Share | 09/19/2019
Tracking and monitoring are vital components of the protection and conservation of endangered species. But are traditional methods of tracking and monitoring too invasive and harmful? And what role can professional mapping drones play to help mitigate these concerns?
WildTrack, a non-profit organization dedicated to non-invasive wildlife monitoring, has a unique solution for wildlife monitoring that combines its sophisticated Footprint Identification Technique (FIT) with eBee fixed-wing drones.
Co-founded and run by Dr. Sky Alibhai and Dr. Zoe Jewell, principal research associates in the JMP Division of SAS software and adjunct faculty at Duke University, WildTrack’s software helps monitor and protect endangered species using non-invasive methods.
The Beaufort field team consisted of members from senseFly (now AgEagle), WildTrack and the Duke University Marine Lab. From left to right: Adam Zylka, Zoe Jewell, Tiger Jewell-Alibhai, Fleming Talton, Sky Alibhai and Julian Dale.
“Our research found that invasive monitoring can harm endangered species,” said Dr. Jewell. “We decided to explore the use of non-invasive (hands-off) approaches that don’t disturb, harm or change the natural behavior of the animals we monitor.”
How it works:
“Knowing where species are, and how many there are, is fundamental to all wildlife conservation initiatives,” said Dr. Jewell. “However, we often have little idea where many species live, or how many remain, making it hard to protect them.”
While the need to develop software capable of accurately analyzing footprints has been WildTrack’s focus, there has been a growing need for speedier data collection, which until now has relied on long hours of fieldwork.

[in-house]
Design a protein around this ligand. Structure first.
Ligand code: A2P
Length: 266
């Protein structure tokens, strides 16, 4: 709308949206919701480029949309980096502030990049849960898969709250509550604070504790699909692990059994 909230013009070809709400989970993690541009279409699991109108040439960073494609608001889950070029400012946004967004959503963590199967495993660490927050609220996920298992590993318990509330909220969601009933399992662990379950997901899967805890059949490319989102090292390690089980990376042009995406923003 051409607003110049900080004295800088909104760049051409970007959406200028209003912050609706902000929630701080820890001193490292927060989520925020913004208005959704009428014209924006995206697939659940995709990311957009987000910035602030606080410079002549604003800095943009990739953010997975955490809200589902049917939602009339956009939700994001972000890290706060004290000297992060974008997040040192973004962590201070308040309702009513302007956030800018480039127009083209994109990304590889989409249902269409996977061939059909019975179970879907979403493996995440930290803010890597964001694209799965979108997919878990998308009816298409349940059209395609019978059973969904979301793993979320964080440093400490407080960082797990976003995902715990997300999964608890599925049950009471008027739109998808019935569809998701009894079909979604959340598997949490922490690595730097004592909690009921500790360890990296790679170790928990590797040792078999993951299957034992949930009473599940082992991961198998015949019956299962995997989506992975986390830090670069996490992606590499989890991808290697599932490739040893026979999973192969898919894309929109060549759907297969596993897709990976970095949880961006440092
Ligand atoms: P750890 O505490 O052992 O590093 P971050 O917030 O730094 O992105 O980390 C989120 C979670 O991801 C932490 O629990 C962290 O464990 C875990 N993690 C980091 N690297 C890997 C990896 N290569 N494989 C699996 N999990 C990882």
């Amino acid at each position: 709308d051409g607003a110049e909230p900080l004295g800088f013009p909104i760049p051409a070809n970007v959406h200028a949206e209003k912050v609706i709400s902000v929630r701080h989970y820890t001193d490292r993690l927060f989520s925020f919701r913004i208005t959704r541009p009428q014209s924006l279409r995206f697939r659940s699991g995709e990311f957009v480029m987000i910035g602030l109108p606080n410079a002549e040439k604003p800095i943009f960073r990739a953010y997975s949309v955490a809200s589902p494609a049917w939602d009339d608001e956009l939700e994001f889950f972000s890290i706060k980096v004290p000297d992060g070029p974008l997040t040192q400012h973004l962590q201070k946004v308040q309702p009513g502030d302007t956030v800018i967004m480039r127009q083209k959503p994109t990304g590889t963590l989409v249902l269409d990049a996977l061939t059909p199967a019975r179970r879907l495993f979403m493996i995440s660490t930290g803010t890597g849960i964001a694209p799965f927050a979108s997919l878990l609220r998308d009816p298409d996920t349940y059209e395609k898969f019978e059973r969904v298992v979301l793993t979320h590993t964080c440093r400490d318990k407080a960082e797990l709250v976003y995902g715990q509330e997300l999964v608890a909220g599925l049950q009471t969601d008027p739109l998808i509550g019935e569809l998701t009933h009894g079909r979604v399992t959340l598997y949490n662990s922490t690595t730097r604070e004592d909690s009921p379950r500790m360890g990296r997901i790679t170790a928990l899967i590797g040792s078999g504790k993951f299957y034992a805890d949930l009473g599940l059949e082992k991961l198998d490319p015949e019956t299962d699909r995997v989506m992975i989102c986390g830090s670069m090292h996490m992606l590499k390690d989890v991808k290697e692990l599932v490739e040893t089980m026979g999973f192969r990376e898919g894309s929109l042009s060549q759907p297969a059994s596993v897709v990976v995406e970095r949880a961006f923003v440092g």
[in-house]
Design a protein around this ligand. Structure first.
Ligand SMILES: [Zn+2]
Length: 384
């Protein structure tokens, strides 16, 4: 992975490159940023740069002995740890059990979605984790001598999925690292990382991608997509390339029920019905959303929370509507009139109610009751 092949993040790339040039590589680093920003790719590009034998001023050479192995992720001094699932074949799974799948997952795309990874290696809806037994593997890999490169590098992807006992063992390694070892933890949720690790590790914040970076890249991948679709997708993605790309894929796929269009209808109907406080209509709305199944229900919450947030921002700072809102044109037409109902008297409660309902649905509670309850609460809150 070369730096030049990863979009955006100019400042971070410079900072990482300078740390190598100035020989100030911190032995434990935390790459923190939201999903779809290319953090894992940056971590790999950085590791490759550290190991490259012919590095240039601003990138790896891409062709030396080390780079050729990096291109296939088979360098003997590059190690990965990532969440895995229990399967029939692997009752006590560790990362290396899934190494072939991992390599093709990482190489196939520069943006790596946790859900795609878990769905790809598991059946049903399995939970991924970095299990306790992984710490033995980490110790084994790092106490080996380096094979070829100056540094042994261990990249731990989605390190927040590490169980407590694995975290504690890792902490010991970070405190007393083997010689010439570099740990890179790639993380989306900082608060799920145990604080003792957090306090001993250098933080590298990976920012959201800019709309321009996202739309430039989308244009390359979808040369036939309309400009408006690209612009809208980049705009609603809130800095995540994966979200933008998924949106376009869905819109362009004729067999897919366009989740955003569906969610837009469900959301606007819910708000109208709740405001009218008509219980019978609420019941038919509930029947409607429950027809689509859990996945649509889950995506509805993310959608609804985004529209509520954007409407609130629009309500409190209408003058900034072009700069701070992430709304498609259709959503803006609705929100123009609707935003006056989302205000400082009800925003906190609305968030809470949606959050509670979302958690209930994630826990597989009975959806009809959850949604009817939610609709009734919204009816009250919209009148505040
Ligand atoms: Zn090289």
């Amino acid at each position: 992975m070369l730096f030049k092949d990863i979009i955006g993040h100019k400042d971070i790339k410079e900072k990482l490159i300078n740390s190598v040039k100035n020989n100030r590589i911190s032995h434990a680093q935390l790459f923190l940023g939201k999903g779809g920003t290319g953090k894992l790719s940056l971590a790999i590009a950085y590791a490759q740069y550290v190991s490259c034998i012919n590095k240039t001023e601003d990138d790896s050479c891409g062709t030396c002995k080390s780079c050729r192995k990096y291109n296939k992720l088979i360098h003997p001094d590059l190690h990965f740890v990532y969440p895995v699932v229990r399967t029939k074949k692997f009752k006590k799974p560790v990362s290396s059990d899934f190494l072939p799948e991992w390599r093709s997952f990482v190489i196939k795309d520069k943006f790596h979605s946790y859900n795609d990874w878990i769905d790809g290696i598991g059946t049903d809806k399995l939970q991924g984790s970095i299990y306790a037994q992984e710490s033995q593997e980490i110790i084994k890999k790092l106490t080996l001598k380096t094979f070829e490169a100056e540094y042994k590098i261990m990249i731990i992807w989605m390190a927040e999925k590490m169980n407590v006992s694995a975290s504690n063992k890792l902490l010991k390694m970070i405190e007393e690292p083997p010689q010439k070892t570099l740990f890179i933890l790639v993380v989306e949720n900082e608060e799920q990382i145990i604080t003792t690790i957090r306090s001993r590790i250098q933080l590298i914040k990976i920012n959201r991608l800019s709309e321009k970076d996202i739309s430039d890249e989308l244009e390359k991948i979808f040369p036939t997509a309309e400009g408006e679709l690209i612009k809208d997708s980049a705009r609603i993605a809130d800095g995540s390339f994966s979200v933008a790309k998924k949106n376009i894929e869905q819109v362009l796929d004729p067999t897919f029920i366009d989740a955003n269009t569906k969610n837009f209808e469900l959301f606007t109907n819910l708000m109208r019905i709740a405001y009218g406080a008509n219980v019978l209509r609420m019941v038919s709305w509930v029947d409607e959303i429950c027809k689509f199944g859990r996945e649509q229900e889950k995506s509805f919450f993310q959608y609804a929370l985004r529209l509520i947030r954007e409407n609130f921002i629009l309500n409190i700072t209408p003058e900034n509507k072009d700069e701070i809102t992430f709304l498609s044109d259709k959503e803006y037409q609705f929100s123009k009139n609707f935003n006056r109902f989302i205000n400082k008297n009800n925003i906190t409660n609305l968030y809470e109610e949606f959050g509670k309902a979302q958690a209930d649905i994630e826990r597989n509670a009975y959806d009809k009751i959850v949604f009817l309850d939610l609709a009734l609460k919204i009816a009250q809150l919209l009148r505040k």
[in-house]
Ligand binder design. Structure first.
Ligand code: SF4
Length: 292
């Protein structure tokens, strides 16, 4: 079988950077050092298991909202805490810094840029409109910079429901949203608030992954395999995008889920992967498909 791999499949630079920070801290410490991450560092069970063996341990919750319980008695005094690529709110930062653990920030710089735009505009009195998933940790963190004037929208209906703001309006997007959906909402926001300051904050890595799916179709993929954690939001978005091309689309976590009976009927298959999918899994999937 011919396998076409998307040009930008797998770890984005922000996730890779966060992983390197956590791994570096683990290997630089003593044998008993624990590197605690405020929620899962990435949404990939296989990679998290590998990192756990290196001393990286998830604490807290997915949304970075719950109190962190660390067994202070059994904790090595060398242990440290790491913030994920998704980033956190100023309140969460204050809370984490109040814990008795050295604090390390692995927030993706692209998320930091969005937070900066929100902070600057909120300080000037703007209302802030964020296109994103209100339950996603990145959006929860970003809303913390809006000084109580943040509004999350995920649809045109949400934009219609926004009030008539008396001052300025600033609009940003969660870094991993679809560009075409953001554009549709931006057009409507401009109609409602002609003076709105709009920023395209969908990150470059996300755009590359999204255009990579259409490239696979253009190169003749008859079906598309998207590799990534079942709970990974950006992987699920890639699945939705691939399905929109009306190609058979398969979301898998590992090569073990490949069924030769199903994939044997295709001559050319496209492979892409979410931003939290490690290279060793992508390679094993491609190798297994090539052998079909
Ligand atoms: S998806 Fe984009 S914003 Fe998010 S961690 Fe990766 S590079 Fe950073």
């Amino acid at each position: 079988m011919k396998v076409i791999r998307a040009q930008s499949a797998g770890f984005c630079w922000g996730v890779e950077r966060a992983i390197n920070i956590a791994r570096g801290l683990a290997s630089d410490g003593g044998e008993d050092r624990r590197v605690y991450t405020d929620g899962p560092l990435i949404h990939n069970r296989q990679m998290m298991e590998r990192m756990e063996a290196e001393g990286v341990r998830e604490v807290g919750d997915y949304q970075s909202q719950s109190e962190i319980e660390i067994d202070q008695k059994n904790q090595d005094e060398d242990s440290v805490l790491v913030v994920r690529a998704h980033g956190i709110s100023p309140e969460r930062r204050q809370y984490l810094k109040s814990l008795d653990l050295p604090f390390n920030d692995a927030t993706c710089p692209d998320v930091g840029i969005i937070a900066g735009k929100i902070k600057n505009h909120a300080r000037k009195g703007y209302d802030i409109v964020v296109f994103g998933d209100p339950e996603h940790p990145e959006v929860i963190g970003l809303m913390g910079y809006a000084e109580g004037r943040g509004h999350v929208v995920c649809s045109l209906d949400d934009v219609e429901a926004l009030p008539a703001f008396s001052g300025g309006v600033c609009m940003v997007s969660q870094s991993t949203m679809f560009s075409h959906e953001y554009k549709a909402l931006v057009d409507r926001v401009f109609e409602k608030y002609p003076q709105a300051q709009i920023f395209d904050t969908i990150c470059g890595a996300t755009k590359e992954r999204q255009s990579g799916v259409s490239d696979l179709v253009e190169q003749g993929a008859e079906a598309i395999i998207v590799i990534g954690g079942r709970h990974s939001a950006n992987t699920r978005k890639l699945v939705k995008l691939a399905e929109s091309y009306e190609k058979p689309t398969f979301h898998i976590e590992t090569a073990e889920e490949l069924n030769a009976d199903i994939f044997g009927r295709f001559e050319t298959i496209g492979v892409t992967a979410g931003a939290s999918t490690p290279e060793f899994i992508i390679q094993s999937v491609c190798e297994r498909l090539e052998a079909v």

This prompted WildTrack to see if using mapping drones, such as the eBee X, could provide a faster, more efficient method of UAV-assisted data collection.
The eBee X was used to map an area off the coast of Beaufort, North Carolina, home to the Duke University Marine Lab.
“Until now, we’ve had to trek miles in the harshest conditions— from the searing desert in Namibia to the deepest snow in northeast China— to locate cheetah or Amur tiger prints,” said Dr. Alibhai. “We’re now working with the company to explore how we can expedite this process using its eBee X fixed-wing drone.”
A ground station (laptop) is used for mission planning using eMotion flight planning software.
Working with the company and its partners at the Duke Marine Laboratory, WildTrack conducted tests of the drones and drone cameras along the North Carolina coast.
A successful eBee X fixed-wing drone launch in Beaufort, North Carolina.
Preliminary tests proved successful, and the images captured with the Aeria X photogrammetry camera successfully identified human footprint trails in the sand.
A nadir image of a shoal along the North Carolina coast, captured using the Aeria X photogrammetry camera.
In terms of resolution, the drone achieved ground sample distances (GSDs) of one and two centimeters.
3D point cloud of the mission area along the North Carolina coast.
With the two-centimeter dataset, an orthomosaic of the entire set of imagery captured by the drone was created in Pix4D, which was then used to seamlessly scroll through a single image of the mission area.
A Pix4D orthomosaic of the area mapped using an eBee X.
This allowed for easy identification of areas of interest — areas where human, dog and even horse tracks were found.
High-resolution nadir image of footprints in the sand, captured using an eBee X mapping drone and Aeria X photogrammetry camera.
From there, the team used the reference points identified in the two-centimeter dataset and viewed them in the higher resolution one-centimeter dataset to get a clearer look at the tracks.
Using drones and advanced drone cameras, researchers can capture high-resolution images of footprints in the sand.
These results were then used to establish the viability of the company’s drones and cameras for an upcoming black rhino monitoring project in Namibia. The images captured by the drone would be used for the following:
Namibia is one of the last three black rhino strongholds in the world, holding around 30% of the global population. Because the species has been mercilessly killed for its horn, used in traditional medicine in the far east, the total worldwide population is thought to be only 5,000.
“Biodiversity is disappearing at 1000 times background rates, yet we totally depend on biodiversity for our own survival,” said Dr. Jewell. “We threaten our own existence when we fail to protect the other species that inhabit this planet.”
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